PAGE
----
Deep sea fishing will always struggle to be
a spectator sport, but even diehard fans will have been looking at their
waterproof watches during June’s St Martin Billfish Tournament.
“Mediocre,” is how tournament President Francois Anton described the fishing.
“The best yet,” might be the analysis of the region’s Blue Marlin community,
whose members were conspicuously unwilling to spend the second week of June
being photographed upside down on the Marigot waterfront.
With 29 boats coming from as far as Florida and Trinidad to take part,
expectations were high for an event that has a 781-pount Marlin as its record
catch, regularly delivers excellent sport, and offers generous prize money,
cars, and entertainment.
But the passing of a Tropical Wave, regular downpours (the first rain in
eight years for the tournament), and controversial timing meant that just two
Marlin were landed over the four days of fishing.
These deep sea fishing folk are an upbeat lot, however, and it takes
more than drizzle and static lines to get them down. The good humour throughout
the tournament was infectious, and those that did were glad they made the
journey. Trinidad’s Zorro won the
Motor World Trophy – a Daihatsu Charade – for a 475-pound Marlin they caught
fifteen minutes into the first day. The boat also won the Texaco prize for
travelling the furthest to be there.
First prize overall went to Martinique’s Limited Edition, who hooked 5,000 Euro for their five releases. They
also snatched a 135-pound tuna. Captained by Yves Pelisson, this was the crew’s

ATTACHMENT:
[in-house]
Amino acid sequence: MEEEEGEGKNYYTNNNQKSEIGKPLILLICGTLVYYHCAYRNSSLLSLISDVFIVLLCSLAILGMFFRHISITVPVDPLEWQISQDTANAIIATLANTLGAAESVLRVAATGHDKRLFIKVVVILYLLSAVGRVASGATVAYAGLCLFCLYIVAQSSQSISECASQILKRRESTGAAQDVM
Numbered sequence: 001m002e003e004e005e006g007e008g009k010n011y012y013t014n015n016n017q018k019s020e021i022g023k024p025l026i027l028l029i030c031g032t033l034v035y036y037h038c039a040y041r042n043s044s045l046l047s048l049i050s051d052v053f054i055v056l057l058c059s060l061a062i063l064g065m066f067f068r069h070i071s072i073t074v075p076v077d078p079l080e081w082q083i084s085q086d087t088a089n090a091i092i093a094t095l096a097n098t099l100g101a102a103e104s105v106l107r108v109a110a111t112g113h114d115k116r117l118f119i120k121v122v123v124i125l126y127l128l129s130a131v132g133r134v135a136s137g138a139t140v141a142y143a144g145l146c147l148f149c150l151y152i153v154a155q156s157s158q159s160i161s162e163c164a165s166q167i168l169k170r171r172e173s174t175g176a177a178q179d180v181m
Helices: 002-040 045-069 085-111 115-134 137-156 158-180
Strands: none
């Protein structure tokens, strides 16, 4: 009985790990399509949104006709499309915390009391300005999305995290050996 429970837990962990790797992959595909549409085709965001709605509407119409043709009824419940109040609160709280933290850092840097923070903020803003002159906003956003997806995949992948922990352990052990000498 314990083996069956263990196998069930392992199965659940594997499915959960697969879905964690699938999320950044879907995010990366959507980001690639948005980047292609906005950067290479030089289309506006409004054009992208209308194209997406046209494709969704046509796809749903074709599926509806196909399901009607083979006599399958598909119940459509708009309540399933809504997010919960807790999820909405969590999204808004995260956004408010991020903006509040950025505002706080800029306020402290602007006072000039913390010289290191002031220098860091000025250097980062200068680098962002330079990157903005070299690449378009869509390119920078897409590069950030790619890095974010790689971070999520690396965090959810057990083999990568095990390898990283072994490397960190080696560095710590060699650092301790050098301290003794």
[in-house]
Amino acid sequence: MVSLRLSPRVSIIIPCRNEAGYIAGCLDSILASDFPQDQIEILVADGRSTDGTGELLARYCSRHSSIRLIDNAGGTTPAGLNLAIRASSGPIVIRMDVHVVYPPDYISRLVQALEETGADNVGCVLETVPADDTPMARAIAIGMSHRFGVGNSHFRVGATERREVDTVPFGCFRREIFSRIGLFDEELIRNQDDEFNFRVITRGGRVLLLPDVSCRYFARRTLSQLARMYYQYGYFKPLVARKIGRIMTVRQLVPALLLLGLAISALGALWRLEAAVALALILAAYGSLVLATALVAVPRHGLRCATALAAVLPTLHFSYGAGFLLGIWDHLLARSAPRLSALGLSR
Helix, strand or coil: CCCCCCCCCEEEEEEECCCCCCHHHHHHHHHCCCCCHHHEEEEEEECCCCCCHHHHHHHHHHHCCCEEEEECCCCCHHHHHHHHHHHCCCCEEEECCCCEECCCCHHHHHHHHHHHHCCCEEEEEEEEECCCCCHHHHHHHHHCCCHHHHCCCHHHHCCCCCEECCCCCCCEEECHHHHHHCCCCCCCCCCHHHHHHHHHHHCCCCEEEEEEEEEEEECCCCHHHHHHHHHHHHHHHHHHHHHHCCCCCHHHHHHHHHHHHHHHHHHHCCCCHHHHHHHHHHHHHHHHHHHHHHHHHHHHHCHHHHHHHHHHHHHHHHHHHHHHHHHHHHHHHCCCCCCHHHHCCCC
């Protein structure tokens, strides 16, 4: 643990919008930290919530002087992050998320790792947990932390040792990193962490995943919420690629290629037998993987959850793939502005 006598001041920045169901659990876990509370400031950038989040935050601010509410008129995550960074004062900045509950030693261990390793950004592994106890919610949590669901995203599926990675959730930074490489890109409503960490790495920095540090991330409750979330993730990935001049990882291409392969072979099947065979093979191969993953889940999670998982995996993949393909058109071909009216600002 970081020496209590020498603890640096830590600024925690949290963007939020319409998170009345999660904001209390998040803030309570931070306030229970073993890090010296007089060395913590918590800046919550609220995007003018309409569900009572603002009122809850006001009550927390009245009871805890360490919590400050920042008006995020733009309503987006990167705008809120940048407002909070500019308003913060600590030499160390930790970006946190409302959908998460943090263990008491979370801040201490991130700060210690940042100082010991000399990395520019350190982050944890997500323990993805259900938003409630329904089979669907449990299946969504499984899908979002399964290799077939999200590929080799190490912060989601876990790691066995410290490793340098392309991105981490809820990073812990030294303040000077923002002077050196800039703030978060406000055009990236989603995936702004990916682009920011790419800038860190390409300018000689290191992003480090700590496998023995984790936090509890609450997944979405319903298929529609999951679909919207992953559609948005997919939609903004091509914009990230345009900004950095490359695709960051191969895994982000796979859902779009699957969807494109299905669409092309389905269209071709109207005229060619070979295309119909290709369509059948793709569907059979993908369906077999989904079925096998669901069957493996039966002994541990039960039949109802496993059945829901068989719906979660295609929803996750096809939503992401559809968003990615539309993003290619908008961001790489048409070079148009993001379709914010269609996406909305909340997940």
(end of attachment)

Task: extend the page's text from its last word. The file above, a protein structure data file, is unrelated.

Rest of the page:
third appearance in St Martin.
Second place went to a boat also from Martinique, but this time with a
unique crew of four brothers. The Yellow
Fins siblings went home 2,500 Euros richer. Third place went to El Padre,
from St Martin, whose Captain Philippe Casaubon pocketed 1,500 Euros.
My Way from Key West was the only other
boat to land a qualifying Marlin (over 300 pounds), although Oli T lost one estimated at 600lbs after
a two-hour fight. A respectable 29 releases were recorded under 300 pounds.
Anton, who will pass on the presidency for next year’s tournament, was
sanguine about the week’s haul. “Many Caribbean tournaments would love to have
three marlin in two days,” he said, adding that there had been a lot of bites.
During the year, sports fishermen were still catching big Marlin around St
Martin, so there was no cause for alarm yet. But Anton recognised a big
decrease in the number of fish in the last ten years, singling out the big
Japanese and Korean fishing trawlers anchored off Pointe Blanche.
For this year, though, consensus was that the cooler sea temperature had
driven the larger fish away from the surface and that not holding the
tournament during the Full Moon had been another contributing factor.
Next year, two of the days’ departures will be from Grande Case rather
than Marigot. Dates are yet to be announced, but the decision this year to
extent to four days’ fishing was popular, as is the lay day which was hosted
this year by Friars Bay Beach Café.